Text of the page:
#1
Hello all,

I've listened to Dream Theater for the better part of 8 years, the same amount of time I've been playing bass. I'm practically a disciple. However, I've never attempted to learn one of their songs...not because I can't read tabs and figure it out, but because I don't WANT to read tabs and "figure it out"...if I can't identify what's happening musically, I don't want to learn it.

I am intensely interested in understanding the theory that goes into crafting these songs. That being said, my question is: What types of things should I keep in mind when reading their complicated tabs and listening to their music? Should I be thinking about modes, or just keeping my mind wrapped around a certain scale and watching what they do with it? I really cannot tell what the HELL is going on in this music.

For the record, I'm currently interested in being able to play through the entire second disc of Six Degrees of Inner Turbulence.
All your bass are belong to me <3
#2
Dream Theater has a tendency to stay in a few scales and modes per song, so if you can figure out parts of the song, it becomes easier to figure out the rest. The problems arise when you try to figure out one of the "epic" songs that are longer than ~10 minutes. Sometimes those can go all over the place. Another thing to keep in mind is that Dream Theater has reoccurring musical themes, especially in the Alcoholics Anonymous songs.
#4
Quote by AllYourBass
Hello all,

I've listened to Dream Theater for the better part of 8 years, the same amount of time I've been playing bass. I'm practically a disciple. However, I've never attempted to learn one of their songs...not because I can't read tabs and figure it out, but because I don't WANT to read tabs and "figure it out"...if I can't identify what's happening musically, I don't want to learn it.


learning to play their music can be a big help in determining "what's happening musically".


Quote by AllYourBass

What types of things should I keep in mind when reading their complicated tabs and listening to their music?

that these guys are gods and that you'll be one 2 since you're into them so much.
JK thats what alot of DT fans do though.

Quote by AllYourBass

Should I be thinking about modes, or just keeping my mind wrapped around a certain scale and watching what they do with it? I really cannot tell what the HELL is going on in this music.


try just listening for starters. study theory.... when you have developed enough knowledge, you'll be able to put 2 and 2 together. (it'll take awhile though)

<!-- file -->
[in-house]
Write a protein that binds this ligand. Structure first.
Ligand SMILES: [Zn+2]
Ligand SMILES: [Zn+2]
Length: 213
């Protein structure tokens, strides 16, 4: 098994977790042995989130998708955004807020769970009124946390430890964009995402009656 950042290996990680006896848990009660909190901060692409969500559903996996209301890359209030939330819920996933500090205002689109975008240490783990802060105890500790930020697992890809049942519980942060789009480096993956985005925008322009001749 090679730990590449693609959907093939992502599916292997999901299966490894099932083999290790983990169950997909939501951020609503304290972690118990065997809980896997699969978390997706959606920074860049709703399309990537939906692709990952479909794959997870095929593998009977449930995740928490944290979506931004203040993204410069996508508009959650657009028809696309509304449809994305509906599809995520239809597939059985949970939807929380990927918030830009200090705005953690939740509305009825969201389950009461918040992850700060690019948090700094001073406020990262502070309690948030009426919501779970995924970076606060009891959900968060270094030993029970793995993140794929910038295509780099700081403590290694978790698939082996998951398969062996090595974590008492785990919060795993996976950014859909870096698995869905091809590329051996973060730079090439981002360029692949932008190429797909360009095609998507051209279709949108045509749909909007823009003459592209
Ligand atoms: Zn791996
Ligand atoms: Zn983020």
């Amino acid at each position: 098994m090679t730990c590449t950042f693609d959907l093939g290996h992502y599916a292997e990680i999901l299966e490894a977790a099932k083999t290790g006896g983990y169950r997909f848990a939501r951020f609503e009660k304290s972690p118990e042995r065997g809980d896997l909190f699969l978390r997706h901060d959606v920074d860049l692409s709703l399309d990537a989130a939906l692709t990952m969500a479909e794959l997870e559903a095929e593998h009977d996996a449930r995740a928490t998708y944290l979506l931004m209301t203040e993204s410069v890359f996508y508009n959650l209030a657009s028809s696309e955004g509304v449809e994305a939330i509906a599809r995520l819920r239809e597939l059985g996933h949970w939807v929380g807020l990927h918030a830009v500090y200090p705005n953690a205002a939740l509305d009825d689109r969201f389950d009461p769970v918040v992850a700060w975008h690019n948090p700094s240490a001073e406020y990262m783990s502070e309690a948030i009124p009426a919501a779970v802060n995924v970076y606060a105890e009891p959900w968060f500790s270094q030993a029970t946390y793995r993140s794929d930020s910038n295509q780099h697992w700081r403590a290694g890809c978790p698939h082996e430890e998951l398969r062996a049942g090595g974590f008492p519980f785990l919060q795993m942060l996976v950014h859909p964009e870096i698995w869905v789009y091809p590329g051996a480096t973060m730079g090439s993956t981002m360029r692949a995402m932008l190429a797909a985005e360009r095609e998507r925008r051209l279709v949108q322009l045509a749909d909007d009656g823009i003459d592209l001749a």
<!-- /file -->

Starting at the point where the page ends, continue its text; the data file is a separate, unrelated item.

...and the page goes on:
Quote by AllYourBass

For the record, I'm currently interested in being able to play through the entire second disc of Six Degrees of Inner Turbulence.


start with 1 song. listen to it, learn it, memorize it, play it, enjoy it. When you have the background....study it.
shred is gaudy music
Last edited by GuitarMunky at Jul 2, 2010,
#5
Have you seen the John Myung instructional video? There a few bits of stuff you could pick out of that. John Myung is not the most interesting man alive but you never know if you learn something new.
#6
Quote by GuitarMunky

start with 1 song. listen to it, learn it, memorize it, play it, enjoy it. When you have the background....study it.


Hmm, I like this approach. Perhaps playing/feeling it will enhance my perception and understanding of it. God knows I listen to it enough.

Sometimes I wish I could take a song and convert it into a one-octave song...that is, refine the entire thing to 12 pitches. It'd be like caging a cougar. Still ridiculous, but at least I can see the beginning and end of the fence

Pillo, I'll look into that DVD!
All your bass are belong to me <3
#7
There's a few clips of it on youtube, so you should definitely check it out. Aside from that, do what Munky told you, look at the chords and the notes within each of the chords as well as the fingerings obvious patterns you might pick up.

Although Myung's stuff is normally meticulously written, bassists (even more so than guitarists since the bass has more freedom to improvise) usually have a set of preferred fingerings, licks and patterns of comfort within the fretboard so sometimes learning a single song can reveal a lot about the bassists regular choices for everything they play.
#8
Sorry TS, I don't have any more constructive advice than has already been said above. I just had to tell you that your name is the most awesome reference ever, if it is indeed a reference and not just a coincidental misunderstanding on my part.
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